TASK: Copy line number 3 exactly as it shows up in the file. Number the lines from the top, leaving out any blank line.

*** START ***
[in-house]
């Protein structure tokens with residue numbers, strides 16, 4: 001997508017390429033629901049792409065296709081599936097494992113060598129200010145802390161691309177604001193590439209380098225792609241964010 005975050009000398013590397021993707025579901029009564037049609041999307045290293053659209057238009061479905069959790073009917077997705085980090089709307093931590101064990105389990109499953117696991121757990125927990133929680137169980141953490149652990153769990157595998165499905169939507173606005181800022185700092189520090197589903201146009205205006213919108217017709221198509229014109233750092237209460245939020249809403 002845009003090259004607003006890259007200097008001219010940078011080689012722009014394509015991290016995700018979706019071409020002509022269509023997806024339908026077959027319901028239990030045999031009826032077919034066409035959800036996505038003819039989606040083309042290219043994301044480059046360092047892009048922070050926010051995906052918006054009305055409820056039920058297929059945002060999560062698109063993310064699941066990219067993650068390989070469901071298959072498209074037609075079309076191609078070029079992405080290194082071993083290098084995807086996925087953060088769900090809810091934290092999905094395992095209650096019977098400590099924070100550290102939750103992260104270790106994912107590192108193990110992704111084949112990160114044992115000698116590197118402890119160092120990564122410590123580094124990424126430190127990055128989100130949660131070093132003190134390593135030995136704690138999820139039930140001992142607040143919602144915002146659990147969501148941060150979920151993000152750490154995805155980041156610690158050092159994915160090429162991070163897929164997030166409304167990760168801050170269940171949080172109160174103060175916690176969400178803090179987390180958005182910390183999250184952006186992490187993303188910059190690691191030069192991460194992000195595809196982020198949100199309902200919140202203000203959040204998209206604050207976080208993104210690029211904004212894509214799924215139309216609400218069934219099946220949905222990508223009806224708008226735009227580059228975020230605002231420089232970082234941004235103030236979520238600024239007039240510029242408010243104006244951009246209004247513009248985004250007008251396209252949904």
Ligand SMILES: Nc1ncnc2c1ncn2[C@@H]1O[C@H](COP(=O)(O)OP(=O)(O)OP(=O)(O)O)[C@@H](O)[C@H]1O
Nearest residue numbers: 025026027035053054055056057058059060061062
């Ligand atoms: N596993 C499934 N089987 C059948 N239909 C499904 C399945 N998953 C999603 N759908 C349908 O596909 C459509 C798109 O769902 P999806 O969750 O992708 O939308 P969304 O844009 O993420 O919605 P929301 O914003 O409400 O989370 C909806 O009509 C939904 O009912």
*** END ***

Ligand SMILES: Nc1ncnc2c1ncn2[C@@H]1O[C@H](COP(=O)(O)OP(=O)(O)OP(=O)(O)O)[C@@H](O)[C@H]1O